The inspiration for this post began this morning. Pippa is one of the current residents at the clinic, and she thought she’d help us out by “pruning” some of the lovely potted plants our clients have gifted us. Today is the first day of spring, and we know that garden centers will soon be buzzing with eager green thumbs. We also know that a lot of owners may not take their pets into consideration when buying some flora for their homes or their yards. While it would be near impossible to list the hundreds of plants that pose mild to severe risk to your pet’s health, we’ve composed a list of the most common household plants to steer clear of.
1. Asparagus Fern (emerald feather, emerald fern, sprengeri fern, plumosa fern, or lace fern)
This plant is poisonous to both dogs and cats. Ingesting this plant can cause allergic skin reactions (dermatitis), vomiting diarrhea and abdominal pain due to the steroid sapogenin found in the plant.
2. Corn Plant (cornstalk plant, dracaena, dragon tree, or ribbon plant)
Dogs and cats can both be affected through ingesting this plant. The active chemical is called saponin, and can cause bloody or non-bloody diarrhea, depression, excessive salivation, appetite loss, and pupil dilation in cats.
3. Dieffenbachia (dumb cane, tropic snow, or exotica)
If this plant is ingested, both dogs and cats will experience oral irritation on the tongue and lips. This irritation can extend the symptoms to include increased salivation, difficulty swallowing and vomiting.
4. Elephant Ear (caladium, taro, pai, ape, cape, via, via sori, or malanga)
The mechanism of action (and thus, the symptoms) or elephant ear poisoning is similar to Dieffenbachia poisoning; be on alert for increased salivation, difficulty swallowing and vomiting.
Most people are familiar with cats being particularly vulnerable to lily poisoning. There are many different types of lilies, the Easter lily and the Stargazer lily being the most poisonous to cats. When ingested, cats will exhibit signs including lethargy, lack of appetite, vomiting and in severe cases left untreated, death due to kidney failure. The Peace lily and Calla lily is toxic to both cats and dogs and can cause irritation of the tongue and lips, increased salivation, difficulty swallowing and vomiting. Easter is just around the corner, which means lilies are as well. If you heed any warnings from this post, let it be this one!.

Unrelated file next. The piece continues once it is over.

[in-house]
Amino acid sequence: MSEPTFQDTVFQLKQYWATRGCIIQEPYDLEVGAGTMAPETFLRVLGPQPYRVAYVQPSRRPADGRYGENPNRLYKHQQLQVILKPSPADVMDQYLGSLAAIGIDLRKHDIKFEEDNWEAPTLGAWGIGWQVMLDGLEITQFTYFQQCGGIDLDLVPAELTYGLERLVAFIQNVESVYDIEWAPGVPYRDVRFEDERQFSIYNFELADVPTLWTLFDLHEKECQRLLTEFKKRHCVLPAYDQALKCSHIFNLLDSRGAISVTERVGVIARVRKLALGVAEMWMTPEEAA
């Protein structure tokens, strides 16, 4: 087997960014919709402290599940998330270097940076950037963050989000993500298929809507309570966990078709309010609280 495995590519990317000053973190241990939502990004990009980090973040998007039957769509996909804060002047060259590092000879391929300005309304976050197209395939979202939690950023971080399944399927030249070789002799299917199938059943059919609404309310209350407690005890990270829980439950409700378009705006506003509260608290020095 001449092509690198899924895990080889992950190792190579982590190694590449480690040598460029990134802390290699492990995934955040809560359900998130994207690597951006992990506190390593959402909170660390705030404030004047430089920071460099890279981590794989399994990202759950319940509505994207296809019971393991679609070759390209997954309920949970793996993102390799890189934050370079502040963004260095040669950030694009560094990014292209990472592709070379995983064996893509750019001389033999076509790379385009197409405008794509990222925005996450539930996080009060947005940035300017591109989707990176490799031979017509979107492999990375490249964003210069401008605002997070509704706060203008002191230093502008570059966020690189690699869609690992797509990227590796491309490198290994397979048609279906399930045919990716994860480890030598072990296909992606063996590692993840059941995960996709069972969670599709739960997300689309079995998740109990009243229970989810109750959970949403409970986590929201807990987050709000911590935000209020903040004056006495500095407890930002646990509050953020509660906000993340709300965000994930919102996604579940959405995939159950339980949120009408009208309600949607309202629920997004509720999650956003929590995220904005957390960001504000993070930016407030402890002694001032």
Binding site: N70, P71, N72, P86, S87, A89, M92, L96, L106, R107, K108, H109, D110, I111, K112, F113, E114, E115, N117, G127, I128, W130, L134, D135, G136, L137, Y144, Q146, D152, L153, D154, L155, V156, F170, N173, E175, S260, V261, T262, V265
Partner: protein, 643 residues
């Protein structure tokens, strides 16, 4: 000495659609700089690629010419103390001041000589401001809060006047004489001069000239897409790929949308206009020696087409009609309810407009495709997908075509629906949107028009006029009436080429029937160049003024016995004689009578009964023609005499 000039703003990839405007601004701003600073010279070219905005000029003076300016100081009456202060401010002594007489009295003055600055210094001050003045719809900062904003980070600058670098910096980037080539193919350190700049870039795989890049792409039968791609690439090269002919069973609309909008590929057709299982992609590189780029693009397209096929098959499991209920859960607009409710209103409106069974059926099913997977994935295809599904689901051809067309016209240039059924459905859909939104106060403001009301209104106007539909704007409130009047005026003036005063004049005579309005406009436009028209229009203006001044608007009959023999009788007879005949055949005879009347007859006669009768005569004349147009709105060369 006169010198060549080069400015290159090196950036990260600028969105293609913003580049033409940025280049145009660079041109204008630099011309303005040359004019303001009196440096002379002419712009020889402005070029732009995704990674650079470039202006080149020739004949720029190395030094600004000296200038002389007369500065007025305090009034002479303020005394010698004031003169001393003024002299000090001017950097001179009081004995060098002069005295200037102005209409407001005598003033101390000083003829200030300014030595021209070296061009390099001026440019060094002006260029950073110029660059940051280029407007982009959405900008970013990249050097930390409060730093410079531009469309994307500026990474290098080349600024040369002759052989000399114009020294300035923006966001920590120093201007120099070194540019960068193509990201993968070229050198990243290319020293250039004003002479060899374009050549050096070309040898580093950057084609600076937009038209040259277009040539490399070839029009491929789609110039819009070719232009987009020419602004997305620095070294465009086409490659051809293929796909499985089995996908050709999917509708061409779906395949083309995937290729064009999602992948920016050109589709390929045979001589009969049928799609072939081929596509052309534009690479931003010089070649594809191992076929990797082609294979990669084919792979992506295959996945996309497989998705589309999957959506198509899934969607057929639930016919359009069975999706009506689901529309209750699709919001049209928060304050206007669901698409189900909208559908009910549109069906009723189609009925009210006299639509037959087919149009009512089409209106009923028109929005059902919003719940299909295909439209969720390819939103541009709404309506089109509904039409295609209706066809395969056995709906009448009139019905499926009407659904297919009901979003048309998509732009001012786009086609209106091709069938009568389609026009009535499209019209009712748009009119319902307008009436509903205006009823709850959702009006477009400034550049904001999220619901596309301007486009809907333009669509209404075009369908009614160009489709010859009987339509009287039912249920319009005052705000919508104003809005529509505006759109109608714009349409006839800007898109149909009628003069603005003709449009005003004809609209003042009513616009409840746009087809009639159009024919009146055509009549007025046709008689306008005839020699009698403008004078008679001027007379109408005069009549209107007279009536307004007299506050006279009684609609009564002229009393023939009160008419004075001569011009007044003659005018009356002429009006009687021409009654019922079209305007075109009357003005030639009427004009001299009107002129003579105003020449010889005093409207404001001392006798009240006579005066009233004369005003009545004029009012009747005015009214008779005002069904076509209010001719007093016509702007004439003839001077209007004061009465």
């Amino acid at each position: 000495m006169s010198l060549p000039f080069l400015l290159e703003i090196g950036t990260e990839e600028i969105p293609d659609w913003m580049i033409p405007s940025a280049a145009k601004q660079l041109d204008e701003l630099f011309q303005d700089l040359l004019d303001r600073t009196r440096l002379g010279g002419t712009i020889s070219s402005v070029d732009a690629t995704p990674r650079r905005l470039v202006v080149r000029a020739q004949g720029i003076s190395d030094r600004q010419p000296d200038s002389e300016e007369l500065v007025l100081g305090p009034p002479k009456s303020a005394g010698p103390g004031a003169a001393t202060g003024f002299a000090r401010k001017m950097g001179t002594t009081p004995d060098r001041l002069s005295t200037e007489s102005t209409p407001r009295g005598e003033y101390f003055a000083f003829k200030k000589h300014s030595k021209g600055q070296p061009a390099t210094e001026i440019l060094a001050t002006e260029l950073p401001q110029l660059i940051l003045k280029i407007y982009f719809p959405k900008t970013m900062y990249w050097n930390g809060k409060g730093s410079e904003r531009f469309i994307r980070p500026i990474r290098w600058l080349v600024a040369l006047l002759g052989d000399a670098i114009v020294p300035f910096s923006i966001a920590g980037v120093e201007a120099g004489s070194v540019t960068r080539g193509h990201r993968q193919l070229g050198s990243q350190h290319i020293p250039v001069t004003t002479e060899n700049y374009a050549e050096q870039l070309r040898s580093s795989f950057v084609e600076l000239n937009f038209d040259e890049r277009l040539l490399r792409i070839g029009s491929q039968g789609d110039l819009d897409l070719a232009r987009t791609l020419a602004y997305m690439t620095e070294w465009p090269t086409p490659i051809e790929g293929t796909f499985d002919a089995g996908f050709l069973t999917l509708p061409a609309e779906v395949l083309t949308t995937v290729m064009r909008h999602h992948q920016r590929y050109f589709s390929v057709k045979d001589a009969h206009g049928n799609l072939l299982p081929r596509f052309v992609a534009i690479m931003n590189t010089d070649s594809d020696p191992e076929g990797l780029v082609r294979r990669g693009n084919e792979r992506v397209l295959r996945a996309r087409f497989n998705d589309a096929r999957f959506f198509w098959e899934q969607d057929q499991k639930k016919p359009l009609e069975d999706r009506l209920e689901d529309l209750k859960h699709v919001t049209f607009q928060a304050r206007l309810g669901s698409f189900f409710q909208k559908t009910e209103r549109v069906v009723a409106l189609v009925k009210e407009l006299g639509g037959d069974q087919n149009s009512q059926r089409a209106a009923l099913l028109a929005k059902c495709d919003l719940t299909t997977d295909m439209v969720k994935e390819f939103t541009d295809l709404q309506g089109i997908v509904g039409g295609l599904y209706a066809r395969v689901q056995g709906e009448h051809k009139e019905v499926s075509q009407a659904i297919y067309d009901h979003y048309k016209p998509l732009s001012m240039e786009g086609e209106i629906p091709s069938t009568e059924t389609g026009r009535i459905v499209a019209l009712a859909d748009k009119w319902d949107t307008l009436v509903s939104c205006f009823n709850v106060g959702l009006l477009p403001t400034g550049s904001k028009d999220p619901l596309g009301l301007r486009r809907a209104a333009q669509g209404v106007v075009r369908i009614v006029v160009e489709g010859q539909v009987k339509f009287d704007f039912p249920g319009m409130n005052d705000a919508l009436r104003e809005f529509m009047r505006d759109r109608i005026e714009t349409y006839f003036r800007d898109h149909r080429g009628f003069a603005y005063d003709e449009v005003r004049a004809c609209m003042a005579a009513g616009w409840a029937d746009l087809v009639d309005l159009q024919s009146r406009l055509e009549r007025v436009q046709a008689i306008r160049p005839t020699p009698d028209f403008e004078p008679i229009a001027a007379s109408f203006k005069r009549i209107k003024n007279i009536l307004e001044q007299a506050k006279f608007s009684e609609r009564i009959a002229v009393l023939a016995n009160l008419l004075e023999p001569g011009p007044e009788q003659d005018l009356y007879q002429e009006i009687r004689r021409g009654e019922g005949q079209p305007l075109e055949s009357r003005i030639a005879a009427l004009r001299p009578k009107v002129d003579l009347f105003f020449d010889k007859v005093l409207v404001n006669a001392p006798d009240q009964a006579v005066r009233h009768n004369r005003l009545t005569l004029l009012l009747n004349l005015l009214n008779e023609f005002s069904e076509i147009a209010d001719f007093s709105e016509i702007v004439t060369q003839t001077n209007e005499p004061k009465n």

6. Cyclamen (or sowbread)
This plant is a popular pick for home and garden for it’s pretty pink flowers. But what most pet owners and gift givers don’t know is that it is very toxic to dogs and cats if ingested. Symptoms includes vomiting, increased salivation and diarrhea. Worse still is if your canine or feline friend gets into the tuber of the plant, which are the roots that run within the soil. Ingestion of the tubers can lead to heart arrhythmias, seizures and death.
7. Heartleaf Philodendrum (horsehead philodendron, cordatum, fiddle-leaf, panda plant, split-leaf philodendron, fruit salad plant, red emerald, red princess, or saddle leaf)
This plant often resides within people homes, and is toxic to dogs and cats. This plant contains a chemical that acts as an oral irritant and can agitate the tongue and lips, as well as cause increase salivation, difficulty swallowing and vomiting.
8. Jade plant (baby jade, dwarf rubber plant, jade tree, Chinese rubber plant,Japanese rubber plant, or friendship tree)
This flowering plant is toxic to both cats and dogs. The toxin in the Jade plant remains yet to be identified but the symptoms following ingestion include vomiting, depression, ataxia (incoordination or lack of control of movement) and bradycardia (slowed heart rate).
9. Aloe plant (medicine plant or Barbados aloe)
The Aloe plant is toxic to cats and dogs. Aloin is the toxic agent in the Aloe plants and caused vomiting and for the urine to take on a reddish hue.
10. Satin Pothos (or silk pothos)
Satin Pothos is toxic to both dogs and cats. The toxic agent in this plant can cause irritation to the mouth, lips and tongue as well as increased salivation, vomiting and difficulty swallowing.
While this is a list of some of the most common household plants that pose threats to your pet’s health, always be sure to check with your veterinarian if your pet ingests a plant material that you are worried may be toxic to them. If your animal exhibits any of the above symptoms following ingestion or being in contact with these or any other plants, call your veterinarian immediately.